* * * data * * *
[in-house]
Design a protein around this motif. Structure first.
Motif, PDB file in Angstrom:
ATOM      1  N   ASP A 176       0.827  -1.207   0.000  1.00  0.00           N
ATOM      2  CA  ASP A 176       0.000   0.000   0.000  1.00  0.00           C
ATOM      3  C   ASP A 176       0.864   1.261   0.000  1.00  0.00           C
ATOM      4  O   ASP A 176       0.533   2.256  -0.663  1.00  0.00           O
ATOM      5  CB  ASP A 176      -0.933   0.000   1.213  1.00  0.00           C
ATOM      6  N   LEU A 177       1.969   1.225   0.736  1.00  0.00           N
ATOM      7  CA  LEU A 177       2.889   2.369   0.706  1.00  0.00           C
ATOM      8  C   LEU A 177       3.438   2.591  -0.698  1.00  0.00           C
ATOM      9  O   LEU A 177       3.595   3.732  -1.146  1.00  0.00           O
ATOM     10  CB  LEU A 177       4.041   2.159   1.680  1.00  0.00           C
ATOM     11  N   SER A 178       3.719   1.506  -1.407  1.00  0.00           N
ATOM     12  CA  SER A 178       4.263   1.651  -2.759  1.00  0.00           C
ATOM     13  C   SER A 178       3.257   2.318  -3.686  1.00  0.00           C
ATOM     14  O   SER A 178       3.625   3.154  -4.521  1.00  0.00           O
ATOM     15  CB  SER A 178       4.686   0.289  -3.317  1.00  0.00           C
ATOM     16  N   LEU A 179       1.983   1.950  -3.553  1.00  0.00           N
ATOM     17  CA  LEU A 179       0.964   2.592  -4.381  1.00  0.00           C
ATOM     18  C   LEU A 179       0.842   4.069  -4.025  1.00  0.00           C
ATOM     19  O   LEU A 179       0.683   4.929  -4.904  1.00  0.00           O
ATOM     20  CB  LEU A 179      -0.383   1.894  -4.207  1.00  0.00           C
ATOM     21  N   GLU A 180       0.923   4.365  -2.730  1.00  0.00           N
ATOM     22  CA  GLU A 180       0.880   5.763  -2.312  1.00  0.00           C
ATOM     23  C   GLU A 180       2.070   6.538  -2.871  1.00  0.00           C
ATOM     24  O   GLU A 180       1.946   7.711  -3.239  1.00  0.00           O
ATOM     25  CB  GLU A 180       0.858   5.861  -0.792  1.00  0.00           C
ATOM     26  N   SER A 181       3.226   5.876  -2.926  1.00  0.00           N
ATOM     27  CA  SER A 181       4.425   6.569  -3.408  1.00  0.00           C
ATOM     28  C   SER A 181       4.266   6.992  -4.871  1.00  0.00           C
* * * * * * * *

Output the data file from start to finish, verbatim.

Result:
[in-house]
Design a protein around this motif. Structure first.
Motif, PDB file in Angstrom:
ATOM      1  N   ASP A 176       0.827  -1.207   0.000  1.00  0.00           N
ATOM      2  CA  ASP A 176       0.000   0.000   0.000  1.00  0.00           C
ATOM      3  C   ASP A 176       0.864   1.261   0.000  1.00  0.00           C
ATOM      4  O   ASP A 176       0.533   2.256  -0.663  1.00  0.00           O
ATOM      5  CB  ASP A 176      -0.933   0.000   1.213  1.00  0.00           C
ATOM      6  N   LEU A 177       1.969   1.225   0.736  1.00  0.00           N
ATOM      7  CA  LEU A 177       2.889   2.369   0.706  1.00  0.00           C
ATOM      8  C   LEU A 177       3.438   2.591  -0.698  1.00  0.00           C
ATOM      9  O   LEU A 177       3.595   3.732  -1.146  1.00  0.00           O
ATOM     10  CB  LEU A 177       4.041   2.159   1.680  1.00  0.00           C
ATOM     11  N   SER A 178       3.719   1.506  -1.407  1.00  0.00           N
ATOM     12  CA  SER A 178       4.263   1.651  -2.759  1.00  0.00           C
ATOM     13  C   SER A 178       3.257   2.318  -3.686  1.00  0.00           C
ATOM     14  O   SER A 178       3.625   3.154  -4.521  1.00  0.00           O
ATOM     15  CB  SER A 178       4.686   0.289  -3.317  1.00  0.00           C
ATOM     16  N   LEU A 179       1.983   1.950  -3.553  1.00  0.00           N
ATOM     17  CA  LEU A 179       0.964   2.592  -4.381  1.00  0.00           C
ATOM     18  C   LEU A 179       0.842   4.069  -4.025  1.00  0.00           C
ATOM     19  O   LEU A 179       0.683   4.929  -4.904  1.00  0.00           O
ATOM     20  CB  LEU A 179      -0.383   1.894  -4.207  1.00  0.00           C
ATOM     21  N   GLU A 180       0.923   4.365  -2.730  1.00  0.00           N
ATOM     22  CA  GLU A 180       0.880   5.763  -2.312  1.00  0.00           C
ATOM     23  C   GLU A 180       2.070   6.538  -2.871  1.00  0.00           C
ATOM     24  O   GLU A 180       1.946   7.711  -3.239  1.00  0.00           O
ATOM     25  CB  GLU A 180       0.858   5.861  -0.792  1.00  0.00           C
ATOM     26  N   SER A 181       3.226   5.876  -2.926  1.00  0.00           N
ATOM     27  CA  SER A 181       4.425   6.569  -3.408  1.00  0.00           C
ATOM     28  C   SER A 181       4.266   6.992  -4.871  1.00  0.00           C